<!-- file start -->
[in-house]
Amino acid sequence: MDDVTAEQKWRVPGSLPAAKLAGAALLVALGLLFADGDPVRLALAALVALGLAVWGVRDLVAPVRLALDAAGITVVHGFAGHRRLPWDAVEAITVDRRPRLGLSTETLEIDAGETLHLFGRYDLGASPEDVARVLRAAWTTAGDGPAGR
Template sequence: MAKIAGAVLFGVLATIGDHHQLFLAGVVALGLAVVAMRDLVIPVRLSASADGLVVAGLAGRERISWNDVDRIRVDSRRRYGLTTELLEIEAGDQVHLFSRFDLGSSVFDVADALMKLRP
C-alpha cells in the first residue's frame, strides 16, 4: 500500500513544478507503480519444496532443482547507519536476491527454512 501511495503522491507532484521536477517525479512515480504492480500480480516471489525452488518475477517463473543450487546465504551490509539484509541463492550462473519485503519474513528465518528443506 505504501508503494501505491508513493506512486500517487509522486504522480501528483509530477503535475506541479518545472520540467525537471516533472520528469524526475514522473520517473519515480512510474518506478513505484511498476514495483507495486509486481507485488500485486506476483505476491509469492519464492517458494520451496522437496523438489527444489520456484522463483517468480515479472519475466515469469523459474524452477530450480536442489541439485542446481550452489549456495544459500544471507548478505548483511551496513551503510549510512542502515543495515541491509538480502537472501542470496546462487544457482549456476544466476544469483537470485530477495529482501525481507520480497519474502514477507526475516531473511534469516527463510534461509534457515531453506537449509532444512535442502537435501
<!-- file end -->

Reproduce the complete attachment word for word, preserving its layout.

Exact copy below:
[in-house]
Amino acid sequence: MDDVTAEQKWRVPGSLPAAKLAGAALLVALGLLFADGDPVRLALAALVALGLAVWGVRDLVAPVRLALDAAGITVVHGFAGHRRLPWDAVEAITVDRRPRLGLSTETLEIDAGETLHLFGRYDLGASPEDVARVLRAAWTTAGDGPAGR
Template sequence: MAKIAGAVLFGVLATIGDHHQLFLAGVVALGLAVVAMRDLVIPVRLSASADGLVVAGLAGRERISWNDVDRIRVDSRRRYGLTTELLEIEAGDQVHLFSRFDLGSSVFDVADALMKLRP
C-alpha cells in the first residue's frame, strides 16, 4: 500500500513544478507503480519444496532443482547507519536476491527454512 501511495503522491507532484521536477517525479512515480504492480500480480516471489525452488518475477517463473543450487546465504551490509539484509541463492550462473519485503519474513528465518528443506 505504501508503494501505491508513493506512486500517487509522486504522480501528483509530477503535475506541479518545472520540467525537471516533472520528469524526475514522473520517473519515480512510474518506478513505484511498476514495483507495486509486481507485488500485486506476483505476491509469492519464492517458494520451496522437496523438489527444489520456484522463483517468480515479472519475466515469469523459474524452477530450480536442489541439485542446481550452489549456495544459500544471507548478505548483511551496513551503510549510512542502515543495515541491509538480502537472501542470496546462487544457482549456476544466476544469483537470485530477495529482501525481507520480497519474502514477507526475516531473511534469516527463510534461509534457515531453506537449509532444512535442502537435501